As with other SQL tables, a Caché SQL table can have indices; to define these, you add index definitions to the corresponding class definition.
An index can add a constraint that ensures uniqueness of a given field or combination of fields. For information on such indices, see the chapter Defining Persistent Classes.
Another purpose of an index is to define a specific sorted subset of commonly requested data associated with a class, so that queries can run more quickly. For example, as a general rule, if a query that includes a WHERE clause using a given field, the query runs more rapidly if that field is indexed. In contrast, if there is no index on that field, the engine must perform a full table scan, checking every row to see if it matches the given criteria an expensive operation if the table is large. See the chapter Other Options for Persistent Classes.
A Caché SQL table can also have foreign keys. To define these, you add foreign key definitions to the corresponding class definition.
Foreign keys establish referential integrity constraints between tables that Caché uses when new data is added or when data is changed. If you use relationships, described later in this book, the system automatically treats these as foreign keys. But you can add foreign keys if you do not want to use relationships or if you have other reasons to add them.
For any given instance of class Employee, that instance is included in the Person extent and in the Employee extent.
Indices automatically span the entire extent of the class in which they are defined. The indices defined in Person contain both Person instances and Employee instances. Indices defined in the Employee extent contain only Employee instances.
The subclass can define additional properties not defined in its superclass. These are available in the extent of the subclass, but not in the extent of the superclass. For example, the Employee extent might include the Department field, which is not included in the Person extent.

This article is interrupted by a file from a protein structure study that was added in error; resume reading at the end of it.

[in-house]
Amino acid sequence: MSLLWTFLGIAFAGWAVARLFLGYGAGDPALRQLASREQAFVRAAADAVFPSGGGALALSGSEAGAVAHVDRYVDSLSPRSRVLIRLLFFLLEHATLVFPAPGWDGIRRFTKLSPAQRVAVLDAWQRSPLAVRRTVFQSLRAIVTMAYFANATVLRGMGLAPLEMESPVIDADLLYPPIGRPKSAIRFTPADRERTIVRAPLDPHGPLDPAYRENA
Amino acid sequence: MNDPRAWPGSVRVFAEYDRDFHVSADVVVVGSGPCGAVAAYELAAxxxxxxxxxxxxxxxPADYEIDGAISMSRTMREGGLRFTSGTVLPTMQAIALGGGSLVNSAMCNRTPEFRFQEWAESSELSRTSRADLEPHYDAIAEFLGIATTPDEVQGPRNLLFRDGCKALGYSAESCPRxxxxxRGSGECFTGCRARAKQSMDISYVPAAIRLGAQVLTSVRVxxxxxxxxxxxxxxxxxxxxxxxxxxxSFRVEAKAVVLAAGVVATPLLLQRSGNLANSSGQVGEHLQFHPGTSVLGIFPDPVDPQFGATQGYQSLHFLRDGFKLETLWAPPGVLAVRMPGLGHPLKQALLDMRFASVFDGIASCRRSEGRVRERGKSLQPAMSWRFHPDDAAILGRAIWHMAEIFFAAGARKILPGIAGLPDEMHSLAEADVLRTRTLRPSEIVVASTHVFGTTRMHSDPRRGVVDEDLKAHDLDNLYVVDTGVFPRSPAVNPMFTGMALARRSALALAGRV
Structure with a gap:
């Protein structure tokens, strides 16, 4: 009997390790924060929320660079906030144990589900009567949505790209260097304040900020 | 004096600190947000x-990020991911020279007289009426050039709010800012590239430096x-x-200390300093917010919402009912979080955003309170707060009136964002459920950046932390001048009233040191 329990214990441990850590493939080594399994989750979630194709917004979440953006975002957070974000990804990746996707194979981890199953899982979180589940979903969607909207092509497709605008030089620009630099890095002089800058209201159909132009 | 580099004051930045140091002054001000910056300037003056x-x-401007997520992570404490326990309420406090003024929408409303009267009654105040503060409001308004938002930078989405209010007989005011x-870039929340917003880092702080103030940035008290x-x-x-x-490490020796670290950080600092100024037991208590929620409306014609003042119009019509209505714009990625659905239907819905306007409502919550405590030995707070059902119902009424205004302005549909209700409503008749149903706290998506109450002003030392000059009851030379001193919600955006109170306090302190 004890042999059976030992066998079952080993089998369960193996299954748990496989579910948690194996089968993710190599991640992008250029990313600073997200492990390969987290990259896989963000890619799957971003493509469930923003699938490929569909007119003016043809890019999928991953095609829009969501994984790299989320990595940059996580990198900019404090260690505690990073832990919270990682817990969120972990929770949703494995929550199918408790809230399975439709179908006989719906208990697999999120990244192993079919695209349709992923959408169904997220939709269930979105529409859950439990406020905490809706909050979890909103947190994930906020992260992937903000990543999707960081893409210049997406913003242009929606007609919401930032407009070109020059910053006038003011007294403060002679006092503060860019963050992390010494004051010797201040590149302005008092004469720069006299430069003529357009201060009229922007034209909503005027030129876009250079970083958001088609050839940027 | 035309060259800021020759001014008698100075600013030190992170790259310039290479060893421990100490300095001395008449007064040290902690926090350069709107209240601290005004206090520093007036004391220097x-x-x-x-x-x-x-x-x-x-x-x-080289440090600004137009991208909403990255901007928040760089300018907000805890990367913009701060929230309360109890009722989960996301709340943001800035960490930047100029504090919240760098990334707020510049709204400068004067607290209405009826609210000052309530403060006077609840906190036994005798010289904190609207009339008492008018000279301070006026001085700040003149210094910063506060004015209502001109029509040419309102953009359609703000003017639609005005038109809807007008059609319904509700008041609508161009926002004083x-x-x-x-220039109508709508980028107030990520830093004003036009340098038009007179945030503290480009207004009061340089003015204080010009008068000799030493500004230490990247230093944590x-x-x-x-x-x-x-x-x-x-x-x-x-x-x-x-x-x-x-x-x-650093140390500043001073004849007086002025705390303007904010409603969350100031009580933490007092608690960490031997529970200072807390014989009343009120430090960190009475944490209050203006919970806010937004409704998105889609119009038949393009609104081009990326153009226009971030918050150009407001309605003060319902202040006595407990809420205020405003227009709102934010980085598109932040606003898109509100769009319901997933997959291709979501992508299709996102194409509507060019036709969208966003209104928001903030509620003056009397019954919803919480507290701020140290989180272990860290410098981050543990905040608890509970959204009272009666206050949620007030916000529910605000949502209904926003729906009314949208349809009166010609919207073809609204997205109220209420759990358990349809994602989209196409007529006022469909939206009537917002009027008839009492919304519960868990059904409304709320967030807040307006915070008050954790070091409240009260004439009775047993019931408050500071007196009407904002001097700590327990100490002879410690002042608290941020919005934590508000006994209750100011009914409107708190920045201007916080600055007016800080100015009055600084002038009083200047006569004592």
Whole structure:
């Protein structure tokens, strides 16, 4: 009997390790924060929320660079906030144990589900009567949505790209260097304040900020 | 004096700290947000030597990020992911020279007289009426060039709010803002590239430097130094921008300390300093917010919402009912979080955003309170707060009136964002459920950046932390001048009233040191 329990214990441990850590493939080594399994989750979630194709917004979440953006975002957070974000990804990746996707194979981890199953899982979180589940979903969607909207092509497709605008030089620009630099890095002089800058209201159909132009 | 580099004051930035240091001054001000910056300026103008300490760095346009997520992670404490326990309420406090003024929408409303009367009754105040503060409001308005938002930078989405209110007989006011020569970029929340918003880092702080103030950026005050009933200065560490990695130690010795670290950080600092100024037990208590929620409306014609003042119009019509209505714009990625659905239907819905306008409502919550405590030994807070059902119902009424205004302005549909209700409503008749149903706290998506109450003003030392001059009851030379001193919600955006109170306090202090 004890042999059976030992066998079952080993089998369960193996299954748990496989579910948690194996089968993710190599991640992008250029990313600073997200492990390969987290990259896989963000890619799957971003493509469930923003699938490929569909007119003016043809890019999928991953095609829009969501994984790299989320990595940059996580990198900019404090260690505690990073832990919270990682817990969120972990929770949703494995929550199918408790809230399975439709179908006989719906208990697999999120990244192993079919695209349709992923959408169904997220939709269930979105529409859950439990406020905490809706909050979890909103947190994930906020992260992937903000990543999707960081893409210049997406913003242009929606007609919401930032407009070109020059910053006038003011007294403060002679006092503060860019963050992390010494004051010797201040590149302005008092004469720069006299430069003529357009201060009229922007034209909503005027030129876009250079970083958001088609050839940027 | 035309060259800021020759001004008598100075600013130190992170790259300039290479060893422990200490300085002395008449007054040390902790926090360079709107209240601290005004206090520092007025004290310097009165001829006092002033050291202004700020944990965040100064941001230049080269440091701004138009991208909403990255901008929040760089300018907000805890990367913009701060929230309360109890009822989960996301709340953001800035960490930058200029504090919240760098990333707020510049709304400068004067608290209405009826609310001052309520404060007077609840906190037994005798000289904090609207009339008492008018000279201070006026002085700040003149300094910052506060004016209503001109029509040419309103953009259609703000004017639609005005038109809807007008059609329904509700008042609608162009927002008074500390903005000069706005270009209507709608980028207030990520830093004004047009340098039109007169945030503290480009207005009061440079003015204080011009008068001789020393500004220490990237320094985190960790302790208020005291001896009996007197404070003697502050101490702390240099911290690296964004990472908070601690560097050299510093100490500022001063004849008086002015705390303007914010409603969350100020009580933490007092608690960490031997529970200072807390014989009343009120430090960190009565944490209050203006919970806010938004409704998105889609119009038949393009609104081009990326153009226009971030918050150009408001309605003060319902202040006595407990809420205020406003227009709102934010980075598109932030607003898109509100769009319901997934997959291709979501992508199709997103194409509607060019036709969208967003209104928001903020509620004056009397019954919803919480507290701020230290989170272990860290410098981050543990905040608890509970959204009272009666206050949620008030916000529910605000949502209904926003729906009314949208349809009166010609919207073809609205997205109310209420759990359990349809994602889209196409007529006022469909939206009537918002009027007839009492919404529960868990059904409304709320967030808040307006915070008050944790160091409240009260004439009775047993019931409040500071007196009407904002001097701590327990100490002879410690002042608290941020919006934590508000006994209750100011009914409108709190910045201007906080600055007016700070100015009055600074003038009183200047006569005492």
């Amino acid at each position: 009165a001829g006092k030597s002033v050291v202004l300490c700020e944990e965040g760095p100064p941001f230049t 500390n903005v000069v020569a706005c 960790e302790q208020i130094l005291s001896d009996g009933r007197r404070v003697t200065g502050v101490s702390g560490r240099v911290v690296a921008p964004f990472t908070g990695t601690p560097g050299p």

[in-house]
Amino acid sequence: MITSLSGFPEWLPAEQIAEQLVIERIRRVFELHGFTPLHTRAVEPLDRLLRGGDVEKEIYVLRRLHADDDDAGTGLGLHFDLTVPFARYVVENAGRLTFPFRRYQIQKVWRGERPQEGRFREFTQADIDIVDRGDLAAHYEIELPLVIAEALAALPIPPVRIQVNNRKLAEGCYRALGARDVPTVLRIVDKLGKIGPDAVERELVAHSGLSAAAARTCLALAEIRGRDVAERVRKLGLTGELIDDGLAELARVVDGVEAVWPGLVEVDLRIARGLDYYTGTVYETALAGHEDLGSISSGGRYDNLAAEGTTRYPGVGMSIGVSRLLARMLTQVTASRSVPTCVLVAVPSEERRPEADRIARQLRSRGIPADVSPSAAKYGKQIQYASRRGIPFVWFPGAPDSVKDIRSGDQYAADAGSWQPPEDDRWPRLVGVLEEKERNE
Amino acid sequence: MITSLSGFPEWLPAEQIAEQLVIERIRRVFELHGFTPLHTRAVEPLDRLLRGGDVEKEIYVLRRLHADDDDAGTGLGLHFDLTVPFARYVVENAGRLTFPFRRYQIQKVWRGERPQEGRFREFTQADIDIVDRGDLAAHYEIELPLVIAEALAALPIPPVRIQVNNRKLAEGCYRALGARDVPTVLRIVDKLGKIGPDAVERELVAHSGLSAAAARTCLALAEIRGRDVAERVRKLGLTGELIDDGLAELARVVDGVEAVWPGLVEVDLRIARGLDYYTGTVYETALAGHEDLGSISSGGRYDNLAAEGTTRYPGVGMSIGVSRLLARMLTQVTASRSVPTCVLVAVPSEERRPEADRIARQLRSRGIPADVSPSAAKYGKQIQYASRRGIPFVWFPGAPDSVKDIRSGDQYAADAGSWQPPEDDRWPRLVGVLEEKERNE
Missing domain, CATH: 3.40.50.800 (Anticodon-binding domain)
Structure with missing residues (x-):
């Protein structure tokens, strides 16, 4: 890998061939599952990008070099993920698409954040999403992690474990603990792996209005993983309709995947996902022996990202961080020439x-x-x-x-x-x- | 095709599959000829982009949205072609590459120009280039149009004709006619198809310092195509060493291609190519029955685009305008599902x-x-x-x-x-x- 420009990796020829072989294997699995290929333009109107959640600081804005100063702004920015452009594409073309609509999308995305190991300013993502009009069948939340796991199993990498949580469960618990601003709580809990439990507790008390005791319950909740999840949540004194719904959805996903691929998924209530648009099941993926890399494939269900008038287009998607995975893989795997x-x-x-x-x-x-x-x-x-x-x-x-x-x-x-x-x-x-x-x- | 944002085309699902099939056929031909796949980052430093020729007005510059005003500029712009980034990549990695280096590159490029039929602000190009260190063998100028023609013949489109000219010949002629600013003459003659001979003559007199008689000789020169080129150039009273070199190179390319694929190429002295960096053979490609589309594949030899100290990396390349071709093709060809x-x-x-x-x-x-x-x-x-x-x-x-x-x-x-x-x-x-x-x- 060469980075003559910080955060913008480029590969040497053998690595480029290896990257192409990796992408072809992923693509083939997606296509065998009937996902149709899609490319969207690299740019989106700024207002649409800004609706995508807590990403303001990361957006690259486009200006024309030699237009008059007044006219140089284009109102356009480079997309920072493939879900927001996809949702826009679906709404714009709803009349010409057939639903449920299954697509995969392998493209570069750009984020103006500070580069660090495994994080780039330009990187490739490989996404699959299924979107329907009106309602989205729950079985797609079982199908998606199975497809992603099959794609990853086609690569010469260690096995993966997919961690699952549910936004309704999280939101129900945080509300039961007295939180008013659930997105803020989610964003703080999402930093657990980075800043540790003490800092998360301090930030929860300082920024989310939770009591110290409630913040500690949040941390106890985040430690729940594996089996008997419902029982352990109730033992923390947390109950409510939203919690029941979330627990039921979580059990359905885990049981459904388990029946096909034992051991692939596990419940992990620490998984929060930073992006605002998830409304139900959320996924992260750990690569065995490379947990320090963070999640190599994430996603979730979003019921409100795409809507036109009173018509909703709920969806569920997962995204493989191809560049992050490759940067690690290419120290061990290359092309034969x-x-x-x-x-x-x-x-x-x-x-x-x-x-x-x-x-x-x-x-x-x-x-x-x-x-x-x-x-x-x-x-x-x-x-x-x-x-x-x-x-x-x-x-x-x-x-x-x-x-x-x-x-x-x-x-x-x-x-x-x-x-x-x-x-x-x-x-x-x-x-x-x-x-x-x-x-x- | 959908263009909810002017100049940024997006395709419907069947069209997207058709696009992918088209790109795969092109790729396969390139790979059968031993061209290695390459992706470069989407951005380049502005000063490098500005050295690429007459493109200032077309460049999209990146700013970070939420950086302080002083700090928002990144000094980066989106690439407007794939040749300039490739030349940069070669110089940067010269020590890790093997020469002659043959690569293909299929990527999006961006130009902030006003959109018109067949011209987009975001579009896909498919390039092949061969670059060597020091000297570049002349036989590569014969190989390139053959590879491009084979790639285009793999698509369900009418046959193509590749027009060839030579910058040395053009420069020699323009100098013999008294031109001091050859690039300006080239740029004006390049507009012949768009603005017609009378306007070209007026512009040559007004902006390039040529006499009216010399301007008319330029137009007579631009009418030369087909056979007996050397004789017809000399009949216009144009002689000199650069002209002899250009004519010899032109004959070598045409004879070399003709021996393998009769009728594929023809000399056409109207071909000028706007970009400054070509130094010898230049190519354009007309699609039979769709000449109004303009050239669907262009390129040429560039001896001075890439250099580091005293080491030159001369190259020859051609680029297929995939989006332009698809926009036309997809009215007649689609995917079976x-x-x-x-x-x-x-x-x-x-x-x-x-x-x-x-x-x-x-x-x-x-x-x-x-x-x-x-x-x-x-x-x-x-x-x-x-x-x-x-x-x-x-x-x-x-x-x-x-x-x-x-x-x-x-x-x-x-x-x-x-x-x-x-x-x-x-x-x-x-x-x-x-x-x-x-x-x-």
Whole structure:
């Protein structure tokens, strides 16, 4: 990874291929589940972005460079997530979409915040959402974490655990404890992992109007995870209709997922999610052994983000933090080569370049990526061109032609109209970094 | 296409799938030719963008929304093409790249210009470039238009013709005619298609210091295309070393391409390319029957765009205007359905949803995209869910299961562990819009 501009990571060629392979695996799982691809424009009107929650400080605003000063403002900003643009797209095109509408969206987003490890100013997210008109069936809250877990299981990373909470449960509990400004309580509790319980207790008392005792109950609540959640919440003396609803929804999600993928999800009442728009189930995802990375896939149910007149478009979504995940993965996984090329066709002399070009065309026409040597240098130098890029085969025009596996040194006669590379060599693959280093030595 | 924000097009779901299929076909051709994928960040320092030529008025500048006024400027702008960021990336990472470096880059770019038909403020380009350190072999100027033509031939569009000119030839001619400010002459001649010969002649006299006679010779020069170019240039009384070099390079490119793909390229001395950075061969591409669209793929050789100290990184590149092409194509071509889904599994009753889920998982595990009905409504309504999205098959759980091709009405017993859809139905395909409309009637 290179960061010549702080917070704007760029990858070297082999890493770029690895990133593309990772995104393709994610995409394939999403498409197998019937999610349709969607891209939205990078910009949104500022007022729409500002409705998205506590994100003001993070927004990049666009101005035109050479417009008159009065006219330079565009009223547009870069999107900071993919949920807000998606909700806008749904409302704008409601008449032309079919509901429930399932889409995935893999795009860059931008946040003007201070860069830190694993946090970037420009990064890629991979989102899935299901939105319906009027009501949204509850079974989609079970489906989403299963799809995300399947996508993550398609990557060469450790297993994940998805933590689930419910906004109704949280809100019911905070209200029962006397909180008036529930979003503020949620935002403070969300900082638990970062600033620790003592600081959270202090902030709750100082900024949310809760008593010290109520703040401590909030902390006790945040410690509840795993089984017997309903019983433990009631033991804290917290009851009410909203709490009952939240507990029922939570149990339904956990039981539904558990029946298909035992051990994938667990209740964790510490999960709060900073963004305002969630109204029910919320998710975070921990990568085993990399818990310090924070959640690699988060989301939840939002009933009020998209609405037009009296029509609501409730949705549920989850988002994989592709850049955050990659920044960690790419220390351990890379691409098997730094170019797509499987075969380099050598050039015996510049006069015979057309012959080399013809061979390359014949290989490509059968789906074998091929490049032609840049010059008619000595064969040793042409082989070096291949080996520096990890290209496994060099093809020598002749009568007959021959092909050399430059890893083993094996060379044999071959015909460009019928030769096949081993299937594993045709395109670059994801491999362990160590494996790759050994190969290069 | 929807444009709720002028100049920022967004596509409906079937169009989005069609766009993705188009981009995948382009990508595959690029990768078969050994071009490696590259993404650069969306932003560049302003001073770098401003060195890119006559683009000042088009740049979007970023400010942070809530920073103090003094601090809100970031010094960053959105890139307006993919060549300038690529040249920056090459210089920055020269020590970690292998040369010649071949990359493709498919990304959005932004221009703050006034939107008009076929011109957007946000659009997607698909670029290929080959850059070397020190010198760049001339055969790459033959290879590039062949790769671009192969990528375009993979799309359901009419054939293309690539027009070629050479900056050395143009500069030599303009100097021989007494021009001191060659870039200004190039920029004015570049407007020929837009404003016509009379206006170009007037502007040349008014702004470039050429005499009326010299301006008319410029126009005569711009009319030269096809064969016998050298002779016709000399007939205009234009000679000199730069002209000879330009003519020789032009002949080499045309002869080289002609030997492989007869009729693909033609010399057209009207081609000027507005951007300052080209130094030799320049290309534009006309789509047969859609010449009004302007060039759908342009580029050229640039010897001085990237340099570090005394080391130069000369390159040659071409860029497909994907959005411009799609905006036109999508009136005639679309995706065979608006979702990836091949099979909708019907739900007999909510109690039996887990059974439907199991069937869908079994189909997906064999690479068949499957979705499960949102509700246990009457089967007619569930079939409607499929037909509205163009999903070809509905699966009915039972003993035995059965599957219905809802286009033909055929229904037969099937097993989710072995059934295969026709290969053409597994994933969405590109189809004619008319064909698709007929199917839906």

The preceding points mean that it is comparatively easy in Caché to write a query that retrieves all records of the same type. For example, if you want to count people of all types, you can run a query against the Person table. If you want to count only employees, run the same query against the Employee table. In contrast, with other object databases, to count people of all types, it would be necessary to write a more complex query that combined the tables, and it would be necessary to update this query whenever another subclass was added.
Similarly, the methods that use the ID all behave polymorphically. That is, they can operate on different types of objects depending on the ID value it is passed.
For classes that use the default storage class (%Library.CacheStorage), Caché maintains extent definitions and globals that those extents have registered for use with its Extent Manager. The interface to the Extent Manager is through the %ExtentMgr.Util class. This registration process occurs during class compilation. If there are any errors or name conflicts, these cause the compile to fail. For compilation to succeed, resolve the conflicts; this usually involves either changing the name of the index or adding explicit storage locations for the data.